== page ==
You'll feel the love pouring out of the open kitchen. Then you can taste it, too
                    Have fun and let us know what you find on your visit.Welcome.

            2. a
              akq RE: albatruffles Sep 22, 2011 09:55 PM

              Maybe you could change W&C to a snack rather than dinner to keep all the others? W&C has good cocktails, oysters and small plates, but the menu isn't that long. I went last weekend and really enjoyed the oysters, steak tartare and brandade. The food seems more snack-y than dinner-y to me.

              I'd also probably skip serious pie, and maybe do Paseo for lunch due to portion size. Most people just get the pork sandwich (get it!) but I also really like the smokin' thighs and the spicy tomato sauce scallops or shrimp. The black beans are also quite nice.

              I agree with others about dropping top pot and subbing a bakery.

              1 Reply
              1. re: akq
                a
                albatruffles RE: akq Sep 23, 2011 12:03 AM

                W&C looks like the exact type of place we are looking for in Seattle. We are going at 4PM, right when it opens and plan to order most of the seafood dishes. Not sure we can fit in a full dinner afterwards. We were planning to squeeze in a late night snack that night.

                The pork sandwich is the one we're getting, looking forward to it.

              2. babette feasts RE: albatruffles Sep 23, 2011 04:45 PM

                FYI, late October will be Restaurant Week, which you should consider when making your plans. A huge number of restaurants run a 3 course, $28 menu Sunday through Thursday for the weeks beginning the 16th and 23rd. On one hand, it can be a great time to try the higher end places (Canlis) at bargain prices, on the other, those places get swamped (often leading to some level of simplification of the food just so they can keep up) and you may have a better experience paying full price on Friday or Saturday. For someplace like Quinn's, where you can already eat well for $28, it is less of an issue.

                http://seattletimes.nwsource.com/seat...

                1. gingershelley RE: albatruffles Sep 24, 2011 11:39 AM

                  Get your Salumi and take it on the road with you on the day you head to Willows in; it can be great to stop somewhere on the way there up Chuckanut drive and eat your sandwich en route:)

                  I would drop Quinns' for a dinner, or make it your 'late night snack' the day you go to W&C at 4:oopm. Quinn's serves late, and there is great nightlife and street action in Quinn's neighborhood that would be fun for an evening stroll as well. Get the Foi and the bonemarrow here!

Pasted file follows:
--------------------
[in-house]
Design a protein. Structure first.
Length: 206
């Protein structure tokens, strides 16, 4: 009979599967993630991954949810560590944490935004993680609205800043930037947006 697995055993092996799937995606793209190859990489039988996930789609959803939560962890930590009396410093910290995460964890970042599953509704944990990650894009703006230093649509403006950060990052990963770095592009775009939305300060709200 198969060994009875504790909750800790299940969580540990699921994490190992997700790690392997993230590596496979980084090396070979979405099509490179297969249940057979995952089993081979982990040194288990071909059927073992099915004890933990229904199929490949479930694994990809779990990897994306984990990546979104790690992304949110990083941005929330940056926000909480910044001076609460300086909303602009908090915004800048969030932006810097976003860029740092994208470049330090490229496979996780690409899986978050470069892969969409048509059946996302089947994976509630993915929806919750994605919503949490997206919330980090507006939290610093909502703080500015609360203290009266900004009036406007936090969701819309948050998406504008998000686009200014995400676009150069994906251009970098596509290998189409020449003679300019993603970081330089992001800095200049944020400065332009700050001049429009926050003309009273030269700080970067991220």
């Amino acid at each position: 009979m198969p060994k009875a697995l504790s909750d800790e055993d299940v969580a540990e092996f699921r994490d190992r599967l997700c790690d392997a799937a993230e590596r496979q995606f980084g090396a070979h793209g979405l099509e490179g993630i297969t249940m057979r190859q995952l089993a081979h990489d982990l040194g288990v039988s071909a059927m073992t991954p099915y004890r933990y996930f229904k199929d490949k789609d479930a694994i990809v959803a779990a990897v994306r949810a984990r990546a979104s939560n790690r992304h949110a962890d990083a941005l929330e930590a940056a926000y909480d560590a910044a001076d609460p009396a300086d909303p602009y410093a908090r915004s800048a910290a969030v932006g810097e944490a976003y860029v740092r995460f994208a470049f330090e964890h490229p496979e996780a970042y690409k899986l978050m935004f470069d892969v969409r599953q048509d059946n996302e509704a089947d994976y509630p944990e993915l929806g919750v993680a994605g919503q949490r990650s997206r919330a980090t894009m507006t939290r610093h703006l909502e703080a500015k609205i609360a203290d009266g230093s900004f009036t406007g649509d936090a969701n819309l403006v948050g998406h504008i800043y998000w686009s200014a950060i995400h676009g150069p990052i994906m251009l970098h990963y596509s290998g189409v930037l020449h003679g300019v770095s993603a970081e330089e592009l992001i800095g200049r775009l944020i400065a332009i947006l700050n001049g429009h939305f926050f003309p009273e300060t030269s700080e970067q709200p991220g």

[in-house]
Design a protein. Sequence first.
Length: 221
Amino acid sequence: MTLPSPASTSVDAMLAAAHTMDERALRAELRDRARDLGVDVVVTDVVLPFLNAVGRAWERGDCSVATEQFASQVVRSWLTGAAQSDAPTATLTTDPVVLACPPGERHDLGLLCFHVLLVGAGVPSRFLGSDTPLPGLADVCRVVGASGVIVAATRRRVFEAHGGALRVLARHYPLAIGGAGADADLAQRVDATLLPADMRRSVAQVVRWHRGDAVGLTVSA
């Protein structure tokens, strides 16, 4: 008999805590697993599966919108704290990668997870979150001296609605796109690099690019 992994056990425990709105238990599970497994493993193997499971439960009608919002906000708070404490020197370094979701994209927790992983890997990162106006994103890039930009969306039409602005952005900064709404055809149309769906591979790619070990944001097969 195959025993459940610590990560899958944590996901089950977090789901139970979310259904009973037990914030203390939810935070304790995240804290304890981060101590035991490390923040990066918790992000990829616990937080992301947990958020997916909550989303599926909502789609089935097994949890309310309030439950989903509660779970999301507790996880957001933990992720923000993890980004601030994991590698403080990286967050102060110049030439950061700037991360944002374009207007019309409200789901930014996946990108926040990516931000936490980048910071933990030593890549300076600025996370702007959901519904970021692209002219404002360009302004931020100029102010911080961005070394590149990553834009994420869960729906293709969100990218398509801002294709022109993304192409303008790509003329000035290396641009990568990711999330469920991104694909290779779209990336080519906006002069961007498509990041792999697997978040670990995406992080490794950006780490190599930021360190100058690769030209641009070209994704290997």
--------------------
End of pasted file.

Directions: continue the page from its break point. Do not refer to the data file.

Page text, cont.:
Canlis is wonderful if you really are prepared for the prices... the tasting menu is usually glorious, and the service wonderful. You would remember it for years. Let them know that is your expectation, and they will rise to fulfill such great wishes, in my experience.

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                  Canlis Restaurant
                  2576 Aurora Ave N, Seattle, WA 98109

                  Salumi
                  309 3rd Ave S, Seattle, WA 98104

                  3 Replies
                  1. re: gingershelley
                    a
                    albatruffles RE: gingershelley Sep 26, 2011 10:29 AM

                    Good idea on Salumi for the drive up to Vancouver. Willow's will be on the way back from Vancouver.

                    We'll take your advice and do a late snack at Quinn's after W&C. That way we can still fit in Canlis and Spinasse in for dinner on other nights.

                    -----
                    Canlis Restaurant
                    2576 Aurora Ave N, Seattle, WA 98109

                    Spinasse
                    Seattle, WA, Seattle, WA

                    Salumi
                    309 3rd Ave S, Seattle, WA 98104

                    1. re: albatruffles
                      p
                      PAO RE: albatruffles Sep 26, 2011 11:37 AM

                      Yes, I would not drop Spinasse.

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                      Spinasse
                      Seattle, WA, Seattle, WA

                      1. re: albatruffles
                        m
                        mrnelso RE: albatruffles Sep 26, 2011 10:38 PM

                        Get more salumi than you first intend. The aroma will call out to you all day. Don't mess around, get a good assortment. For me, it starts with Finocchiona and Soppressata, but the more subtle ones are quite fine.

                    2. p
                      PeteSeattle RE: albatruffles Sep 25, 2011 01:58 PM

                      Prioshky Piroshky is convenient, but it's not that good. The trouble is that Russians and Ukrainians don't eat in local Russian and Ukrainian restaurants. They get that food at home, from Mom, and her food is good.

                      When out in public, they want to show how "worldly" they are by eating other cuisines.

                      If you want that kind of Russian food, go to the deli inside of DK Market in Renton, where they have a Russian deli that serves Russians and Ukrainians and they have meat pastries that are coming straight out of the oven. (They don't speak much English, however) Their food is wonderful.

                      6 Replies
                      1. re: PeteSeattle
                        a
                        albatruffles RE: PeteSeattle Sep 26, 2011 10:09 AM